Traveling is my passion, and fortunately during my trips to different states and other countries, the upsides have outweighed the downsides. Granted, there have been many times — during work trips to Provo, Utah, and Crested Butte, Colorado, for example — where I’ve literally been the only person of color I’ve seen during the whole visit. I was once on a flight to Bozeman, Montana, and was — again, literally — the only person of color on the sold-out 737. I didn’t feel unsafe, exactly, but there is a certain hyper awareness in being the only person of color, a certain vigilance that can undermine the adventurous abandon you hope to experience when visiting other places. As does a Confederate flag-laden pick-up truck idling nearby as you have an al fresco meal. When four white guys are glaring over at you, it’s difficult to enjoy the bruschetta, which is something I discovered on a weekend visit to friends in Oregon.

Still, I try to lean into the benefits of travel. And I, personally, also feel that I’m offering something important while traveling: representation. Black people do travel (and ski and horseback ride and swim and hike)! Some people’s only impressions of Black Americans come from TV shows and media, which are rife with stereotypes. The beauty is, the broadening of horizons go both ways when people travel and cultures collide.

One of the ways I’ve helped mitigate apprehensions is to do my homework. I plan an annual trip for one diverse, mixed-race group of friends and always account for places and activities where we’d ALL feel comfortable and safe. This year, we thought about going to Iceland, and one of my first google searches was “Black travel to Iceland.” It helps to see what other people of color have experienced in a destination. Much like the Green Book, social media offers a whisper network of first-hand reports and suggestions for “friendly” lodging, bars and excursions that can be helpful to fellow travelers.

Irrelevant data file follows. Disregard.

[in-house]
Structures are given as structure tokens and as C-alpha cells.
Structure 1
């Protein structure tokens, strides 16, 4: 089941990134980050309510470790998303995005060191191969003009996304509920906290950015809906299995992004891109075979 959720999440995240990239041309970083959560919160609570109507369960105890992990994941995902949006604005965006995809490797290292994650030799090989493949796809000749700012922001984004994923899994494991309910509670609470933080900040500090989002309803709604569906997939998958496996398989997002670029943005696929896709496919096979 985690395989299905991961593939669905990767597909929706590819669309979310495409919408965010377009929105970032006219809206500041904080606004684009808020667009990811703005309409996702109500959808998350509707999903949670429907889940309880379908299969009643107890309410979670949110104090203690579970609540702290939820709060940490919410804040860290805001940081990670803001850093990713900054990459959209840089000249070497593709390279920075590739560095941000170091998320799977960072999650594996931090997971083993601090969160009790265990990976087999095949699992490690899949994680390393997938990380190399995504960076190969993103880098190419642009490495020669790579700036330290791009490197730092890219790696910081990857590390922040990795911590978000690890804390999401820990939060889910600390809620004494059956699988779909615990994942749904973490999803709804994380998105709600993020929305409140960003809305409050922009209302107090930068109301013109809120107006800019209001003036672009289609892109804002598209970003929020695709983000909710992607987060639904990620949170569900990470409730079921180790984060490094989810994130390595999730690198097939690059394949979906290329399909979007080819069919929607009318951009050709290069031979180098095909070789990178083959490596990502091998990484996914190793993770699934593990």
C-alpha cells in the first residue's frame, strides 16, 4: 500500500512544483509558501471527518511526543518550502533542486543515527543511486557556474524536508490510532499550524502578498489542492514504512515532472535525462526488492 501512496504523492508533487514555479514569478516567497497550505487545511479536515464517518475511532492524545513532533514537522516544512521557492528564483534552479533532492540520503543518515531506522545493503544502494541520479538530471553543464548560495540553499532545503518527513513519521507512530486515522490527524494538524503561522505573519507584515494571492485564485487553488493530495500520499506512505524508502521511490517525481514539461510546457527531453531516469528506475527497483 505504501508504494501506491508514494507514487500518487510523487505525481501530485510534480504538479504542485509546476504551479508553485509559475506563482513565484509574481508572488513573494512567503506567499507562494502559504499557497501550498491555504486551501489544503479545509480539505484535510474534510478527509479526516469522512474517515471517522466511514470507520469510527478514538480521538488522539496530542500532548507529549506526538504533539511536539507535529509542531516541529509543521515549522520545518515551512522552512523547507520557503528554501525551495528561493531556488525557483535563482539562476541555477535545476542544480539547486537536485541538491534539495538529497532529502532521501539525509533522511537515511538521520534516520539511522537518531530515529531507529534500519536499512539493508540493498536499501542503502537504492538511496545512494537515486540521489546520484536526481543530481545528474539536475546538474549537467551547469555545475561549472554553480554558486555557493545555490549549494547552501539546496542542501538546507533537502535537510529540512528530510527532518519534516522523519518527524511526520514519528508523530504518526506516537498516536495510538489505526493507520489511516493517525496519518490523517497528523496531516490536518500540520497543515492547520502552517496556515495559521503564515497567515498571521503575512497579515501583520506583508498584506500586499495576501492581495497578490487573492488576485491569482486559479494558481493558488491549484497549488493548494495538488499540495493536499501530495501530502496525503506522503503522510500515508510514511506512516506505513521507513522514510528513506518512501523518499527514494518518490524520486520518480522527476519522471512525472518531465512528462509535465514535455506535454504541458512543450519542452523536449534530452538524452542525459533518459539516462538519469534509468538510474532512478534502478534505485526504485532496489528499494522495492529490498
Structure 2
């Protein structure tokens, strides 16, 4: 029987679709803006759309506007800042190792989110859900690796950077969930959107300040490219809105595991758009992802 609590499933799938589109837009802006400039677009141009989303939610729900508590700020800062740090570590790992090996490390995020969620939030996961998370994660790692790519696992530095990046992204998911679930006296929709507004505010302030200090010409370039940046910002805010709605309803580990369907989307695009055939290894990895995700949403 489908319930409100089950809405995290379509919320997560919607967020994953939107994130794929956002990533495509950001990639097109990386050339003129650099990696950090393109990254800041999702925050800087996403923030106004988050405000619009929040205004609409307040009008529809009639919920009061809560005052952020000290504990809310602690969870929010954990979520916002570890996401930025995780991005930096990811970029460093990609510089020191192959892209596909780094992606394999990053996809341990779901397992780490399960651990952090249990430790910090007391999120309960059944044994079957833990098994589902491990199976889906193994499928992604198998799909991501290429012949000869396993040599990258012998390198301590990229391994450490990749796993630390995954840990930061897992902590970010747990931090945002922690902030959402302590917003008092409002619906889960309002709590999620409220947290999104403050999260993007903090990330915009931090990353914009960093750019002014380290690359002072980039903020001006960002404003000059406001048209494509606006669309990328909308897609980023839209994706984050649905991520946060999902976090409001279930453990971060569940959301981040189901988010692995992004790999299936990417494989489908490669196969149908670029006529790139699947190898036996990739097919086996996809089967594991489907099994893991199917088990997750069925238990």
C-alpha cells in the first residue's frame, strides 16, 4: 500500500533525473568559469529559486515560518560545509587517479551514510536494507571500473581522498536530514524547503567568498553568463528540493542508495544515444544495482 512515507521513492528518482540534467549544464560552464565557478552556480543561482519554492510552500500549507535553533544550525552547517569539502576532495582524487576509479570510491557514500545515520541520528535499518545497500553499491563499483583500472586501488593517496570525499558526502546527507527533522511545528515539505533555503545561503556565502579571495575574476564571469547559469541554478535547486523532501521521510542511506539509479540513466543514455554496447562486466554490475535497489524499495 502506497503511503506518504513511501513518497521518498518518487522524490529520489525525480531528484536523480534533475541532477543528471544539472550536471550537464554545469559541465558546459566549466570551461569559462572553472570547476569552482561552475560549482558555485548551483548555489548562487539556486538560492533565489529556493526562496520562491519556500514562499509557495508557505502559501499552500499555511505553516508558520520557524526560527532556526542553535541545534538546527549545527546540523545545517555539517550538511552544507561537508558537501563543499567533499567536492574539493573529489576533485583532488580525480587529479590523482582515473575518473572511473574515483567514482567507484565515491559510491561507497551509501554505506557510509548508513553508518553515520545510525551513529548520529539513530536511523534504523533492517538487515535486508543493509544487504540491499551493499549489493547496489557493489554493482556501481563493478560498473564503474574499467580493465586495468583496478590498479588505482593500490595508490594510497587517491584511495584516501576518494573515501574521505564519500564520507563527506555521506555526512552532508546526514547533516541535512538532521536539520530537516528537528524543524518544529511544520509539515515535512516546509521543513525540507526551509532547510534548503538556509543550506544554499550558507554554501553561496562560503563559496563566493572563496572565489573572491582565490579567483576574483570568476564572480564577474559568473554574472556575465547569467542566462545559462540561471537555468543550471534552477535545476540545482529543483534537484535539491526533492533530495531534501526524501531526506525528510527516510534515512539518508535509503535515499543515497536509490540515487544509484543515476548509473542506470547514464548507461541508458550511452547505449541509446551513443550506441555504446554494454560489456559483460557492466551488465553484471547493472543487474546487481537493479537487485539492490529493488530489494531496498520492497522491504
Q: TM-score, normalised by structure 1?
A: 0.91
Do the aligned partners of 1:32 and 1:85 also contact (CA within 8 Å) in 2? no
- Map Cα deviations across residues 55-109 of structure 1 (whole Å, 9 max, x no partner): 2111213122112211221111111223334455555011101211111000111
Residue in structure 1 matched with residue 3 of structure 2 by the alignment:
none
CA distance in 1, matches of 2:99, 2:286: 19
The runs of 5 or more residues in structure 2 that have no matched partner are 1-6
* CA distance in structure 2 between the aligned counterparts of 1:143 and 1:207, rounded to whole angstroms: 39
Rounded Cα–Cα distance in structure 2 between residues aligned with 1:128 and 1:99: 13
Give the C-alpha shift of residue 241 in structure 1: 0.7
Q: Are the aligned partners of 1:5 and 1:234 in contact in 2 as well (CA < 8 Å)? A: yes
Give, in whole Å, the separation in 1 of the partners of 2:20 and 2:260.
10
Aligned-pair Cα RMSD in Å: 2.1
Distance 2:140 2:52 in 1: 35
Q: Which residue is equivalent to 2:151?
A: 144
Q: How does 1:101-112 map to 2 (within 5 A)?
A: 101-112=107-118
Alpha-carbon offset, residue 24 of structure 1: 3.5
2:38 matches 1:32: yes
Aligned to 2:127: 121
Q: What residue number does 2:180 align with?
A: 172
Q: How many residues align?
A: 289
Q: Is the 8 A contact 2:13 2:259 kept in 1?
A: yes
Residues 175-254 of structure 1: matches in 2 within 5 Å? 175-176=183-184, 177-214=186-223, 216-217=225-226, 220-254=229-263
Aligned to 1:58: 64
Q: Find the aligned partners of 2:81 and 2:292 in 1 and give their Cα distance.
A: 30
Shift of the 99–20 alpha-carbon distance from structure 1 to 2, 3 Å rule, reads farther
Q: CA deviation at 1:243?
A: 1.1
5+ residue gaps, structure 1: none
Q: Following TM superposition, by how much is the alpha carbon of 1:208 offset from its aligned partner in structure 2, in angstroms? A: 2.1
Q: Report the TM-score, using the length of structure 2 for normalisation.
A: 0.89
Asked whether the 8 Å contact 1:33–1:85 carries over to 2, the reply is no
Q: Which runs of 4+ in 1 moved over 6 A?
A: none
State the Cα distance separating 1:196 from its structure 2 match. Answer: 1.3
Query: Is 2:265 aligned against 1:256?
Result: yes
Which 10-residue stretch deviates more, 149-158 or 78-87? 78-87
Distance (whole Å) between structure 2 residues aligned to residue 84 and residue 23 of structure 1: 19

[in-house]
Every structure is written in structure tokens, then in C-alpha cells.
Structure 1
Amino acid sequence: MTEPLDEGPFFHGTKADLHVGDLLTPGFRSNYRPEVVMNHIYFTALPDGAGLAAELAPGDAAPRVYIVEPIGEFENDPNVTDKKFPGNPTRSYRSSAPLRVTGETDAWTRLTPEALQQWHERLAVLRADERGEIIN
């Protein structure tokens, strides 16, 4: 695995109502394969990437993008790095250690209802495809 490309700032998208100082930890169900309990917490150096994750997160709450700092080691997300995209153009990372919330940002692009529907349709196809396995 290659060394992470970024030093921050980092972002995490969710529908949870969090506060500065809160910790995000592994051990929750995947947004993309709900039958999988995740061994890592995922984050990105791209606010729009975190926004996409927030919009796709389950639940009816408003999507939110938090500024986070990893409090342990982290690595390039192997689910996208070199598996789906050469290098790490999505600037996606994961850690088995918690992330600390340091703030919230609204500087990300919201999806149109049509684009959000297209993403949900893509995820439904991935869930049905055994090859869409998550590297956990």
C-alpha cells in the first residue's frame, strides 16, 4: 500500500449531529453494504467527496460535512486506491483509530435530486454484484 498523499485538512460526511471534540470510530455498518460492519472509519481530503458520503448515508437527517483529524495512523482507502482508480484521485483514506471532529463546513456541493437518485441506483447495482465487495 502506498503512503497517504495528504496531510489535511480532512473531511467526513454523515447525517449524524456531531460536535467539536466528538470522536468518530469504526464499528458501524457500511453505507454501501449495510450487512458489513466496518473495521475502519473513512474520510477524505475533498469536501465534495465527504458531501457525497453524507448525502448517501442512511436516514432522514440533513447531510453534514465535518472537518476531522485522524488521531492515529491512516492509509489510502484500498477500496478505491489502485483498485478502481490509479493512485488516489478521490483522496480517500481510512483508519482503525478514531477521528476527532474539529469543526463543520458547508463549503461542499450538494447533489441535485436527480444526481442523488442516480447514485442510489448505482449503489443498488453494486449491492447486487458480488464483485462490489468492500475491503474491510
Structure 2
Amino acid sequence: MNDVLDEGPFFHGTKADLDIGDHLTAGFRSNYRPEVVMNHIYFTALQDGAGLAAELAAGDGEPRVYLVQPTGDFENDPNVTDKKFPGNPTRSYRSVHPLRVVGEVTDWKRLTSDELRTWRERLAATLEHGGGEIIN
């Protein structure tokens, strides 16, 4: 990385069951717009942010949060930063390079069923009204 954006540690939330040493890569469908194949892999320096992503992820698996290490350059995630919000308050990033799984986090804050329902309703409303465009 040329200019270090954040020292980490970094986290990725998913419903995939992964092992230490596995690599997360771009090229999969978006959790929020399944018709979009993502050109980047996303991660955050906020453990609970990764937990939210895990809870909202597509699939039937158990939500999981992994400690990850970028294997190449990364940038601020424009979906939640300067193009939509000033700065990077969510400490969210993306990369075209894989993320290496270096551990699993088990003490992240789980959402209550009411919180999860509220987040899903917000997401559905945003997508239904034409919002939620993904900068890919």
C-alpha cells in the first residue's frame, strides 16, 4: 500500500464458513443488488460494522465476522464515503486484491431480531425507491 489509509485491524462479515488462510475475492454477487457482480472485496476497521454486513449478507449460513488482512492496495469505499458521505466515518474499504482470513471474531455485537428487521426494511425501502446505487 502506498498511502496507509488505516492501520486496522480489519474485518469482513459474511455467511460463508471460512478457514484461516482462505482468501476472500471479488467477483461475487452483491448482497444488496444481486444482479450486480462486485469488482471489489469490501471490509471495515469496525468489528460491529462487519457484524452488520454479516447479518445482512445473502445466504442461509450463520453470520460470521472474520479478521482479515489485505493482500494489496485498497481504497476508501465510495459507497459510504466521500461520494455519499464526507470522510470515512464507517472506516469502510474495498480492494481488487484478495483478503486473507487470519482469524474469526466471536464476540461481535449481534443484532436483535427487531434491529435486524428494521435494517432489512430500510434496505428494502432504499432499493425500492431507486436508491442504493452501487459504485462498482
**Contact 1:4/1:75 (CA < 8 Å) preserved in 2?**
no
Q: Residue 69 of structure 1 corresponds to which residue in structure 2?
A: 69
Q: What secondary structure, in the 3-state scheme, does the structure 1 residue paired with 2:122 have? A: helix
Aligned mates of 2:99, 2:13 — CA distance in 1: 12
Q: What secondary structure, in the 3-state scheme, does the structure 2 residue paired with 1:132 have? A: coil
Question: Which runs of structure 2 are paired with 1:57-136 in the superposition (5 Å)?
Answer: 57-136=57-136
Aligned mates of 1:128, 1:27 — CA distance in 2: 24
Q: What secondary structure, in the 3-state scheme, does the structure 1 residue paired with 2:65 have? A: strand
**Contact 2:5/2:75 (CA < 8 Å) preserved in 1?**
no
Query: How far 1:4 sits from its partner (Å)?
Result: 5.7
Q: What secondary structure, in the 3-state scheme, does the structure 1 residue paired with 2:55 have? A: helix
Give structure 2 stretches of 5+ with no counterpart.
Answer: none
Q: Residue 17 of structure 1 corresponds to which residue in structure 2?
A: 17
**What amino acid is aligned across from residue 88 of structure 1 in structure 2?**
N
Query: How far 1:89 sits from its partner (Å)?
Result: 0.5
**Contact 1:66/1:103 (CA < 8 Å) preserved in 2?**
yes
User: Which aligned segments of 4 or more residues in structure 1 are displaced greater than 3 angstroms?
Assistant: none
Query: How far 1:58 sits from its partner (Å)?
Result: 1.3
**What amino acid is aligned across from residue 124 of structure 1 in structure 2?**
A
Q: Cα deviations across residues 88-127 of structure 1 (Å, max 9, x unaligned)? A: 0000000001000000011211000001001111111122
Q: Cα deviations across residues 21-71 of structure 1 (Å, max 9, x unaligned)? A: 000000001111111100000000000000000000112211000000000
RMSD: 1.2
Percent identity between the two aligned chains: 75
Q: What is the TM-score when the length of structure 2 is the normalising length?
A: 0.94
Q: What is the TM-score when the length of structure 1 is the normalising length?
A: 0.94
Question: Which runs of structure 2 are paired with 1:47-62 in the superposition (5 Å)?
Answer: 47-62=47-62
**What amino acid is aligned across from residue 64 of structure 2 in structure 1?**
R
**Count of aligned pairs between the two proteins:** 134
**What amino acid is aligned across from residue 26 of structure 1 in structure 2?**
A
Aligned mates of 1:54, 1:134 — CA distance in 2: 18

The resources are extremely valuable given that the $5.8 billion dollar global travel and tourism industry continues to wrestle with diversity and inclusion and remains focused on marketing to a “one size fits all” audience of white/European consumers, overlooking huge swaths of travelers who might have different interests and considerations. Fortunately, there are influencers and niche agencies that do cater more specifically, like Muslim Travel Girl, Happy To Wander’s Christine Guan, who’s written about Asian tourist stereotypes, and the Damron Guides for queer travel; plus, inspirational blogs like The Catch Me If You Can penned by Jessica Nabongo, the first Black woman to travel to all 195 countries in the world.

My friends and I didn’t make it to Iceland this summer but instead landed in northern New Jersey. We rented a lake house we didn’t leave except to grab provisions (and by provisions, I mean wine). Sometimes you just need to be still and watch the water lap against the dock with a glass of rosé.

If you travel this summer, I wish for you the restorative peace or raucous adventure you crave, and I would love to hear about it. Tell me about your travels: Are there places you’ve felt uncomfortable going? Destinations that you’ve been concerned about visiting or are dreaming of seeing? Are there travel resources you use to help you feel safe and comfortable? See you in the comments!

Christine Pride is a writer, book editor and content consultant. Her debut novel, We Are Not Like Them, written with Jo Piazza came out in 2021. She lives in Harlem, New York. Find her on Instagram @cpride.

P.S. More Race Matters columns, and 12 readers share their solo travel photos.

(Photo by of Christine Pride by Christine Han for Cup of Jo.)